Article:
I’m quite fond of actress and activist Alyssa Milano, who is generally on the right side of things when it comes to politics. She walks her talk, and doesn’t strike me as a Susan Sarandon wack-a-doo. I follow her on Twitter, and 99% of the time I’m like “right on!”
But that said, Milano sure dropped a steaming pile of hot take on Twitter this weekend, and got the ratio she deserved.
Celebrating a man’s death while fighting to abolish the death penalty is a bad look for democrats/humans.
— Alyssa Milano (@Alyssa_Milano) August 23, 2019
This is so head-smackingly awful, I’m not sure where to begin. Perhaps the Times can help elucidate.
David H. Koch, an industrialist who amassed a multibillion-dollar fortune with his brother Charles and then joined him in pouring their riches into a powerful right-wing libertarian movement that helped reshape American politics, died on Friday at his home in Southampton, N.Y. He was 79.
Whatever one might think of Mr. Koch—and I reserve the right to use a few choice words like “piece of shit who did more to ruin the world I’m leaving for my child than just about anyone else on the fucking planet’—it is ludicrous to compare dying in comfort at one’s palatial estate in the Hamptons to being strapped in a gurney and injected with poison, or being cuffed into an electric chair and having your brain fried with 2,000 volts of electricity. The only entity that decided Koch’s date and time of departure was Death itself. It was not a judge in a courtroom.
Another difference Milano neglects is that—in theory at least, and certainly from the state’s point of view—the person strapped to the gurney or chair is getting what they deserve. Has David Koch ever paid any kind of price, other than angry missives on social media and in the papers, for using his billions to support climate change denial? For despoiling the environment? For helping to rip apart our national political discourse, such as it is? No, he has not.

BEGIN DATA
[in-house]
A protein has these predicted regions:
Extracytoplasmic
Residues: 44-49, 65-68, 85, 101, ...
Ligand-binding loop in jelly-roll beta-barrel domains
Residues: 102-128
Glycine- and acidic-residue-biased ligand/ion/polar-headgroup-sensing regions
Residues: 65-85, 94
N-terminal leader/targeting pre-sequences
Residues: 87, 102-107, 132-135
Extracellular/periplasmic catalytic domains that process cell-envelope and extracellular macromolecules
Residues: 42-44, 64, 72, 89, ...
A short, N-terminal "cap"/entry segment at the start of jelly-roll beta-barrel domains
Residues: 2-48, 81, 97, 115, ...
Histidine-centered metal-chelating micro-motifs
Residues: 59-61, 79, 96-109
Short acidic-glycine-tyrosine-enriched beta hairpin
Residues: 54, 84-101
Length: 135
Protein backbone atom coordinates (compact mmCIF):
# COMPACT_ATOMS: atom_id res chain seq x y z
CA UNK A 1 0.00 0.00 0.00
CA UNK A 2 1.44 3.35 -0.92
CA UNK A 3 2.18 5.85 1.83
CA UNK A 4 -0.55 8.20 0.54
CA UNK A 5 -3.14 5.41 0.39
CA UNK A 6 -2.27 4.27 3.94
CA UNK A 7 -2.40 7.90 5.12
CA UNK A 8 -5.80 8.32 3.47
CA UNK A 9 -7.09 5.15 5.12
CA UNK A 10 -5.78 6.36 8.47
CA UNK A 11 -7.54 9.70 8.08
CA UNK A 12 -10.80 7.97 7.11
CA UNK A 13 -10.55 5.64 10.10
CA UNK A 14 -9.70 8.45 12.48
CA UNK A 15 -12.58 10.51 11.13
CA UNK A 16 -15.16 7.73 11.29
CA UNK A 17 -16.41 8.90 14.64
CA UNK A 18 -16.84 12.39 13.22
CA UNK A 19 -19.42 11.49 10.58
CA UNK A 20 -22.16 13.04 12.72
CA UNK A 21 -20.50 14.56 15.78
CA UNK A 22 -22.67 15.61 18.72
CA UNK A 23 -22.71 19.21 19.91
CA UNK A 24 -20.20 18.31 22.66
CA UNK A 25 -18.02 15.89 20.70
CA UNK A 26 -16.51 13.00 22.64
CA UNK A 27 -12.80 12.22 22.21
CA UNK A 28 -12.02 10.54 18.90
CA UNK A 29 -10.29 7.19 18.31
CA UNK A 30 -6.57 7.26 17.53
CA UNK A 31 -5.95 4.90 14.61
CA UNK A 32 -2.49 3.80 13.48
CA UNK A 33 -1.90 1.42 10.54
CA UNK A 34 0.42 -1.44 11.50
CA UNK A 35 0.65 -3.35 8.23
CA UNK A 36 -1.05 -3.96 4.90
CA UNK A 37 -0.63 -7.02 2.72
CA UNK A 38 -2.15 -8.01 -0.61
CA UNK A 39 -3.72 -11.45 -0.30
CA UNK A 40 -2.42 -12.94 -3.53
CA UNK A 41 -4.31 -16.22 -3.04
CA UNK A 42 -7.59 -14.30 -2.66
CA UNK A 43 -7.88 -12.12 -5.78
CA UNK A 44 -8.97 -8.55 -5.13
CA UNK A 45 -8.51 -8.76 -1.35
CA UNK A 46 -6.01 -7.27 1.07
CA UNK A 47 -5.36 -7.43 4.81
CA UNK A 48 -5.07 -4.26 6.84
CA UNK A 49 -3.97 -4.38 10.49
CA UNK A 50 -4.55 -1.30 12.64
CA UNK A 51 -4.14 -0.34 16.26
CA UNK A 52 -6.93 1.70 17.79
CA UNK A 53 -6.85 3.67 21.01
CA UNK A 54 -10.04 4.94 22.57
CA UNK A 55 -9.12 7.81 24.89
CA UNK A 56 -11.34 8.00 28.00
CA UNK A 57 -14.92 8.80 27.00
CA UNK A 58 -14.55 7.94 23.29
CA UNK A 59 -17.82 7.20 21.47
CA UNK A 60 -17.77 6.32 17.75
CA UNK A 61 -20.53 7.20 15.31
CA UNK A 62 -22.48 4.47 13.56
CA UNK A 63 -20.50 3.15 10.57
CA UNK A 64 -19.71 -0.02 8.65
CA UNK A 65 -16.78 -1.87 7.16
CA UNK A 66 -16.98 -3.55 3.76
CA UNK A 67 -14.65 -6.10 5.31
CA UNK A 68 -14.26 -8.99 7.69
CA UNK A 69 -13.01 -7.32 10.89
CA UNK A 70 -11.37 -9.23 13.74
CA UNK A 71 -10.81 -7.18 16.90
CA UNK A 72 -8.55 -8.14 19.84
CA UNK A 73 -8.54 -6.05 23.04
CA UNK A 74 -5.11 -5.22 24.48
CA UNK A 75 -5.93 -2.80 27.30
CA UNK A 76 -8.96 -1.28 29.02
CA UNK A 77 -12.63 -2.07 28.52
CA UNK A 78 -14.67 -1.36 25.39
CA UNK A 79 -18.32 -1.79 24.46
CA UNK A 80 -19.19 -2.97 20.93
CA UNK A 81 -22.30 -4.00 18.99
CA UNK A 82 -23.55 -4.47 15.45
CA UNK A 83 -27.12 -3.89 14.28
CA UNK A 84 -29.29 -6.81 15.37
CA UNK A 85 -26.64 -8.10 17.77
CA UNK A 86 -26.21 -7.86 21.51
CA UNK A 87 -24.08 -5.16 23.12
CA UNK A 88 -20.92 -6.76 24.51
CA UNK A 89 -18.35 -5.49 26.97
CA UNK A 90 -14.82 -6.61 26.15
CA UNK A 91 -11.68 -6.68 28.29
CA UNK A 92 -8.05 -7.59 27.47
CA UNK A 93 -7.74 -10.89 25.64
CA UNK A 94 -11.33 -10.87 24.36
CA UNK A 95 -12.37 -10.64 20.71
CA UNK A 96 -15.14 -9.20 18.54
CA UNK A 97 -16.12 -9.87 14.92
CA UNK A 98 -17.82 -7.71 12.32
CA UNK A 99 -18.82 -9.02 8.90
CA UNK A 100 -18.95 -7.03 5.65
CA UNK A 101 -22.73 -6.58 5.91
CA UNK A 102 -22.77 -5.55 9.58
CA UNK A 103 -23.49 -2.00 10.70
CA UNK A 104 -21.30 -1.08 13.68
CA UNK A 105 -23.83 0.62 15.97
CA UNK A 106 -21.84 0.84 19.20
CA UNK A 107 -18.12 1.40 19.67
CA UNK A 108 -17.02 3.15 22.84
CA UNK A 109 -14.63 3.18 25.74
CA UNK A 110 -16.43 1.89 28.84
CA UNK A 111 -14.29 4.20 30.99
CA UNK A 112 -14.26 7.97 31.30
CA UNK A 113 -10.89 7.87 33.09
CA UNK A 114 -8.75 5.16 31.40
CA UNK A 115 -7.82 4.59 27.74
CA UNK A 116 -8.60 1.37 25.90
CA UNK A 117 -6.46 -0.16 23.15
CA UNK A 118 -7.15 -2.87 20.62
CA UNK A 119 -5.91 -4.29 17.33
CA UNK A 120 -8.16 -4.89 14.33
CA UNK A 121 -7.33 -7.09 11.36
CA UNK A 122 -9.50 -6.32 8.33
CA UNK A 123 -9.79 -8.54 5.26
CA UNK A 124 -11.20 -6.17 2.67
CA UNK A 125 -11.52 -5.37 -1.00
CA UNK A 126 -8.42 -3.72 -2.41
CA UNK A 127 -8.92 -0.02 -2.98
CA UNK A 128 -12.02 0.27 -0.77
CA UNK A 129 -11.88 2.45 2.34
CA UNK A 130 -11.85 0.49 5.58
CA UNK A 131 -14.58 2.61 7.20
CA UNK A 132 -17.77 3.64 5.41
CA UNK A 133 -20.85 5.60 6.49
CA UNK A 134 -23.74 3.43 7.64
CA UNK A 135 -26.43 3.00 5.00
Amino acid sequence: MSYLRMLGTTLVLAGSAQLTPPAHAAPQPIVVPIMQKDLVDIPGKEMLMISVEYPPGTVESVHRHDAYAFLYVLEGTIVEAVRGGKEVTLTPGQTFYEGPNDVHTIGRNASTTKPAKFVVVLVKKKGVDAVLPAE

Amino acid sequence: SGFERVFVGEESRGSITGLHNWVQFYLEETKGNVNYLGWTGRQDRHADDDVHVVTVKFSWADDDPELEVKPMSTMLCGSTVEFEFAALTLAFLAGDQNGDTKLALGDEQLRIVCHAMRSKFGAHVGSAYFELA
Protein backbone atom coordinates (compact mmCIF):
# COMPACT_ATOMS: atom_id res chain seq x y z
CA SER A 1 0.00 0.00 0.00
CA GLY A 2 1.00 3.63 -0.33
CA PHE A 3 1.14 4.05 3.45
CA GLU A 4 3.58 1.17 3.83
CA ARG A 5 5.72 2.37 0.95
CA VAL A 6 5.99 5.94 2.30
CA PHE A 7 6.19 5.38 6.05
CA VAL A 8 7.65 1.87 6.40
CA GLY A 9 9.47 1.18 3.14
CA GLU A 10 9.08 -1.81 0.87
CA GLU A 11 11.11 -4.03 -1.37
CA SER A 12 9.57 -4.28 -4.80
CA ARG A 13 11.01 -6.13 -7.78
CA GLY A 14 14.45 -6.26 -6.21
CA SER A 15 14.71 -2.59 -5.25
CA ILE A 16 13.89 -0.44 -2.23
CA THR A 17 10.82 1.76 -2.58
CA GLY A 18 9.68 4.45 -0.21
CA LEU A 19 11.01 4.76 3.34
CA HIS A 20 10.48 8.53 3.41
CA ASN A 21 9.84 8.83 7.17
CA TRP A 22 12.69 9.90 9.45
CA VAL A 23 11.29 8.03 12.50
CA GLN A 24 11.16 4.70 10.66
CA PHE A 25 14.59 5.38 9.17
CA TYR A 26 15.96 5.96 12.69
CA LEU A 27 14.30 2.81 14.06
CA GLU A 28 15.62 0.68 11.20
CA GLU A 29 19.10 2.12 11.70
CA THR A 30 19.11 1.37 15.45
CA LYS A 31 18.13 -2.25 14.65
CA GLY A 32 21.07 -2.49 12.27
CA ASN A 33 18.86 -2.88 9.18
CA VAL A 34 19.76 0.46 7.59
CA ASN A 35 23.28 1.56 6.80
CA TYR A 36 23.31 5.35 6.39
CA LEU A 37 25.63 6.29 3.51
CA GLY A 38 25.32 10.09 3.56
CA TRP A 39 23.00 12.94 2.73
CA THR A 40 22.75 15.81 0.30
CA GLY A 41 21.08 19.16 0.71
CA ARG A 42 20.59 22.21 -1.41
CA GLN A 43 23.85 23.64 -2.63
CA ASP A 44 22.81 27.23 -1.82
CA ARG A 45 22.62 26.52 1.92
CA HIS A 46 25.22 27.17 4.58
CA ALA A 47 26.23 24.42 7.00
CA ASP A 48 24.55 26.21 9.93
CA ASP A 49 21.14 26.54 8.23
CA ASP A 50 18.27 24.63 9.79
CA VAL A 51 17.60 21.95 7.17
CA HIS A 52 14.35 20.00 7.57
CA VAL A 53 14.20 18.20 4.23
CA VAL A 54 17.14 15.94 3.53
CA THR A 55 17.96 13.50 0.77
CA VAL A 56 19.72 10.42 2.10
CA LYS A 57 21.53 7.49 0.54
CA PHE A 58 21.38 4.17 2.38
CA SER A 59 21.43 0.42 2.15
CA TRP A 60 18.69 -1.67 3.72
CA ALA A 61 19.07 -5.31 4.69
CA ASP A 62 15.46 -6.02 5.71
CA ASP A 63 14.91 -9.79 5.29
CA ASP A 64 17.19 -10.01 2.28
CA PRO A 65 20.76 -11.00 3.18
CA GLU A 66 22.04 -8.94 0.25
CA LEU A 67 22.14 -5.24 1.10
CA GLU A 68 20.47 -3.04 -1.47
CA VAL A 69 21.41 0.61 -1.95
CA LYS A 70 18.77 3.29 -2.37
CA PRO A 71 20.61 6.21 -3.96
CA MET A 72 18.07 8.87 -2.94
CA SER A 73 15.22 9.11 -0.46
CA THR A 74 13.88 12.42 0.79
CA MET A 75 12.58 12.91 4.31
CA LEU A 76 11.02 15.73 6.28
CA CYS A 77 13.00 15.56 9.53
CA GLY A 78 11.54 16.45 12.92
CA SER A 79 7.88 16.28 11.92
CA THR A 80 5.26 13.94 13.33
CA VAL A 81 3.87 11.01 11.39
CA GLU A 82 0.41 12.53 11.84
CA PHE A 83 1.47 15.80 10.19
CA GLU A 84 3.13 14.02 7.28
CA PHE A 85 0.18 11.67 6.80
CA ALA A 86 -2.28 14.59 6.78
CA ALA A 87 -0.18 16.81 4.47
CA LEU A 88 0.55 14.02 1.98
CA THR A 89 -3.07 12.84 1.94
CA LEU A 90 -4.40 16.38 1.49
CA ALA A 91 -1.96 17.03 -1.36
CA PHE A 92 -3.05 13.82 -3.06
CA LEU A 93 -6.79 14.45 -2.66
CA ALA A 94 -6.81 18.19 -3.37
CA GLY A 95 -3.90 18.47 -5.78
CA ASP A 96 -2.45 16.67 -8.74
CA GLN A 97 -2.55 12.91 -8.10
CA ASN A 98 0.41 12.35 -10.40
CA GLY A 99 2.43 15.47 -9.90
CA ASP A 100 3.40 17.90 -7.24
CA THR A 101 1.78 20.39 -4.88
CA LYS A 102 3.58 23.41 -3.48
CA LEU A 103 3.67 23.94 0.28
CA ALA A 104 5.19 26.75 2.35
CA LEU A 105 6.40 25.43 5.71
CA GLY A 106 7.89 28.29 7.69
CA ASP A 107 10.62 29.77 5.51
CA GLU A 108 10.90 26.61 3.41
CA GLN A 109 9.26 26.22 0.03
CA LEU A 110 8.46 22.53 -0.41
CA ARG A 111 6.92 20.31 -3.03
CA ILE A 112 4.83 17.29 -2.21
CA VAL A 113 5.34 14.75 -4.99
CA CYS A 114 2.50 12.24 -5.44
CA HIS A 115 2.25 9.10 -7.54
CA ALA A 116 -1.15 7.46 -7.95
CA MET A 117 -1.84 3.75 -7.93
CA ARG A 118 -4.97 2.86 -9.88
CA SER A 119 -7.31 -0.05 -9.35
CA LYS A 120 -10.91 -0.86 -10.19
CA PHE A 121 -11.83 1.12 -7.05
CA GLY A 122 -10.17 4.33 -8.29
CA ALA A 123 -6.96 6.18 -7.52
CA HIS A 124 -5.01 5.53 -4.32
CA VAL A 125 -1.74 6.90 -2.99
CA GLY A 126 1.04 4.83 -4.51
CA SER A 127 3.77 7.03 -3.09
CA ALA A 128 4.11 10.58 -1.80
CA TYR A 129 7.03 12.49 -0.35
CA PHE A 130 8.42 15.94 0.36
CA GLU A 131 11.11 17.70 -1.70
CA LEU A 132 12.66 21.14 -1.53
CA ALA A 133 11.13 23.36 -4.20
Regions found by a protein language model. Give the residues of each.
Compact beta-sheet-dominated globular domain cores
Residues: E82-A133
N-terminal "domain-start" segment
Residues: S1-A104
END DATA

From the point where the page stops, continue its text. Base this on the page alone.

In fact, the harm Koch did will far outlast his memory, and will far outlast the impact of even the worst individual crime a death row inmate could have done.
David Koch worked tirelessly, over decades, to jettison from office any moderate Republicans who proposed to regulate greenhouse gases…
Mike Pence, who was then a congressman in Indiana, and others soon signed a “carbon pledge” circulated by Americans for Prosperity, which effectively prohibited the government from putting a price on carbon emissions. Those efforts and others effectively derailed the effort to pass a cap and trade plan for greenhouse gas emissions in 2009 and 2010. In 2009, the level of atmospheric carbon concentration hovered around 387 parts per million. In the decade since, levels have surpassed 400 parts per million, the highest level recorded in human existence.
Since the 2016 election, and in the face of more urgent scientific warnings about climate change and a growing popular movement for action, the Koch network has tried to build a Republican Party in its image: one that not only refuses to consider action on climate change but continues to deny that the problem is real.
A mass murder may kill dozens of people. Thanks to Koch, the world—literally billions of people—will be coping with the effects of climate change that he not only helped unleash, but made sure would get worse. It is not going to far to say that David Koch has made my child’s future well-being less sure.
It does not take a lot of cognitive dissonance—none, actually—to be glad that a bad person is dead (of natural causes, no less) while at the same time believing the state shouldn’t be in the business of killing convicted criminals. In fact, I can make a whole list of such people. It’s a long list.
Is it in bad taste to disco dance on the grave of people we don’t like? No doubt. But it is not antithetical to supporting an end to the death penalty.